Over the last twelve months, the average price of a home in England and Wales has increased by around £30,000, or just below 10%, according to the latest e.surv Acadata House Price Index.
According to e.surv, the average price of a house in England and Wales now stands at £339,160 - up by 0.7% on the month and 9.8% on the year.
This is the highest annual rate for over 6 years, giving a real sense of how the housing market is significantly outperforming the wider economy.
The major drivers for the current rise in house prices are the pent-up demand developed in late 2019, along with weaker prices, the historically low-interest rates which have made homes more affordable, the savings accumulated in lockdown, the lifestyle changes associated with a move to more spacious premises and of course the temporary stamp duty holiday. In addition, in London in particular, the weaker pound has been a further factor in stimulating activity in the more exclusive markets even though it hasn’t made a notable impact on the index at this stage.
Richard Sexton, director at e.surv, comments: “This month’s Index shows that in the last year, England and Wales have seen the average price of a home increase by some £30,000. On an annual basis, this is the highest rate of increase for over 6 years.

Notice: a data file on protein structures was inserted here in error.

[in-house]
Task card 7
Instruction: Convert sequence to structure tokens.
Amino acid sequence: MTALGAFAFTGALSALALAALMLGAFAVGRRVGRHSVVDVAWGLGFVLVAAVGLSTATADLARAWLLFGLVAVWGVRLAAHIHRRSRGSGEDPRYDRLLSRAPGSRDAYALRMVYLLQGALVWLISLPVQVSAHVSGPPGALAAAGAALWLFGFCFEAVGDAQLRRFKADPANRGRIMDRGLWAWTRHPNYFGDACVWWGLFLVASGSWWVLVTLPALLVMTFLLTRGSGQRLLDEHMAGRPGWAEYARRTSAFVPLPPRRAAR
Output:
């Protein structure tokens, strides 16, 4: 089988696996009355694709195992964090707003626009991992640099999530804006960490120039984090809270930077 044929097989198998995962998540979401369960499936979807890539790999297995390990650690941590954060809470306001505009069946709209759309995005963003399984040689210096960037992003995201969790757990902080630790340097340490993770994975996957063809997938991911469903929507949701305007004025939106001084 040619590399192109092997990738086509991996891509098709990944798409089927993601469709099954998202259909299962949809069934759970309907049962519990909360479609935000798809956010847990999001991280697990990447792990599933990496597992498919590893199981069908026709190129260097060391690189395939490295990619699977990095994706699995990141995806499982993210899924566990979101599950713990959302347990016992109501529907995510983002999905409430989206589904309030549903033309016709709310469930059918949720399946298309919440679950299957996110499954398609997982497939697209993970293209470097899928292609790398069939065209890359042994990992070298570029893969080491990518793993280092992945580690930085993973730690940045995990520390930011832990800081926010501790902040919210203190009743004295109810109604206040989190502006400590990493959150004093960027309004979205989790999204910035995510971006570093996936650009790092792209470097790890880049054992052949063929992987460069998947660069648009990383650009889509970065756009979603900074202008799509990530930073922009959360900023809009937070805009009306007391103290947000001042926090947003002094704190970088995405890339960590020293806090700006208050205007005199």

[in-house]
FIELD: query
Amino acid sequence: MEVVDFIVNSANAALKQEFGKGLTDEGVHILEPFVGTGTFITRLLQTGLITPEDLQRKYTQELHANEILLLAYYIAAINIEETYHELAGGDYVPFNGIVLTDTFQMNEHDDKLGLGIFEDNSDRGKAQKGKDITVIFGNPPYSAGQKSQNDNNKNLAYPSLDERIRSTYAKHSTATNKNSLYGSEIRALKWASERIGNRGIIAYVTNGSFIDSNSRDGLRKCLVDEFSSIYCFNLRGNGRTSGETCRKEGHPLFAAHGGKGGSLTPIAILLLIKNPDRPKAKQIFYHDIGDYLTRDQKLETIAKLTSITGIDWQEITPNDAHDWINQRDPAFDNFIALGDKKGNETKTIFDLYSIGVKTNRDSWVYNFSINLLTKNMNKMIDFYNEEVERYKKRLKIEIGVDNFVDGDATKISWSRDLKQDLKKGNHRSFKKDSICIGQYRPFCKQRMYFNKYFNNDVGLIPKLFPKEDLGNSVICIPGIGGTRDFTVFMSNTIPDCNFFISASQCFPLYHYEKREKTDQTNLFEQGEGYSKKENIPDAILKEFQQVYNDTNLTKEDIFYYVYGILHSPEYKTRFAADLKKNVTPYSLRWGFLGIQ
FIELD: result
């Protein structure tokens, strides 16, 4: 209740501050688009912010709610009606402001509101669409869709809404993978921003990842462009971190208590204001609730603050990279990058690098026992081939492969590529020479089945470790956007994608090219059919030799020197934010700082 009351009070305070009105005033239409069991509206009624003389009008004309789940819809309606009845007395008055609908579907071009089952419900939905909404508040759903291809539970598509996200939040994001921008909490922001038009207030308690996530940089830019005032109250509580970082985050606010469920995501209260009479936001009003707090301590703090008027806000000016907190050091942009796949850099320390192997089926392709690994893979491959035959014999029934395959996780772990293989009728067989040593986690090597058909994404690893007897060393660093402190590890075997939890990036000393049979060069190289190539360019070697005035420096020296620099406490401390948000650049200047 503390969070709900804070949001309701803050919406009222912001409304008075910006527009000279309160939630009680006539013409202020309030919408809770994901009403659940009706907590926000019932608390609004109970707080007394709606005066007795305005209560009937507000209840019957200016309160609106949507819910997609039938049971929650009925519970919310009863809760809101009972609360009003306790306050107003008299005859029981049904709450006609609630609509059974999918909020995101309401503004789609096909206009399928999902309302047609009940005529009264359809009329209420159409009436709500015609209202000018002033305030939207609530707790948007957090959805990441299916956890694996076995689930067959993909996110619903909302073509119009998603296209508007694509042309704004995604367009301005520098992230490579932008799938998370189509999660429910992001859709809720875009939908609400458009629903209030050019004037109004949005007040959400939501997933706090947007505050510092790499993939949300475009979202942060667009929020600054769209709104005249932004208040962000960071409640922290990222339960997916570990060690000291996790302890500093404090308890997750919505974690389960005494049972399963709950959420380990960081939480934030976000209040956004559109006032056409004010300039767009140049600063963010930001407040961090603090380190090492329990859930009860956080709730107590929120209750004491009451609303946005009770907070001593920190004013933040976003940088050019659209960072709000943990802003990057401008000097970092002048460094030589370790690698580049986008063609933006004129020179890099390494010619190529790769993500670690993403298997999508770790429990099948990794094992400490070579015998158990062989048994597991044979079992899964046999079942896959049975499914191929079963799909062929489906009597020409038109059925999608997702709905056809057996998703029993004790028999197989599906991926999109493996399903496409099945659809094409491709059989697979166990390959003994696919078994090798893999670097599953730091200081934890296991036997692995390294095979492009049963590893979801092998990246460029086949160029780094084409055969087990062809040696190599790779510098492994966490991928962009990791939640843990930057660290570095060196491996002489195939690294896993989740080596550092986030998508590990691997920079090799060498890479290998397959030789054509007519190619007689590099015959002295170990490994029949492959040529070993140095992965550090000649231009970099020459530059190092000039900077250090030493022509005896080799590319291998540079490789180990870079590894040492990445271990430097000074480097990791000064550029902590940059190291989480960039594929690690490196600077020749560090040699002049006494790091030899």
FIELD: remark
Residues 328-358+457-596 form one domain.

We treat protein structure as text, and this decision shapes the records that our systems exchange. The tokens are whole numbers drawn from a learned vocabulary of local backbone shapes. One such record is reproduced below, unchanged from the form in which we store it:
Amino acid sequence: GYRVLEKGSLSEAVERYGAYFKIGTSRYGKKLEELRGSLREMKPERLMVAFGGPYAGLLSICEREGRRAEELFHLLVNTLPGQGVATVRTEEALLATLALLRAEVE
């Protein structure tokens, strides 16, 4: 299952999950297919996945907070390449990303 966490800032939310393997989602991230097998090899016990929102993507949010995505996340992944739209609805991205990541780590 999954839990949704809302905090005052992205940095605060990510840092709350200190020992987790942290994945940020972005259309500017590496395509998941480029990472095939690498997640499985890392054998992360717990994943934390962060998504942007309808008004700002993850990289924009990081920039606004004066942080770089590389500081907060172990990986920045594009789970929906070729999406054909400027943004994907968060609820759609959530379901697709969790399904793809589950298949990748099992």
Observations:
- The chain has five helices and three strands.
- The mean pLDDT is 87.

"It is a very clear statement about the resilience of the housing market and how well it has responded to the challenges of the pandemic and the fiscal remedies that have been administered in the last year. This level of sustained price growth underlines how well the property market continues to perform in comparison to other areas of the economy.
“To understand why this is happening, we need to look at a combination of monetary, fiscal, public health and political responses of recent times. Demand has been injected into a market of historically low-interest rates that have supported buyers’ affordability since 2008. Lockdowns have fuelled people’s willingness to make lifestyle and life-stage changes and the injection of fiscal support, in the form of the temporary stamp duty holiday, has further supported their ability and desire to move home. We now also have the return of higher Loan-To-Value lending which many believe will, in the coming months, offer more welcome support to the market.
“We should be cautious when it comes to London’s lower growth rate. The capital’s market is evolving but the weaker pound has stimulated activity in the more exclusive markets in London though this hasn’t made a notable impact on the index at this stage. London remains a safe haven for many international buyers and their families. The weak pound helped transactions in ultra-high-net-worth markets in the capital rise last year.”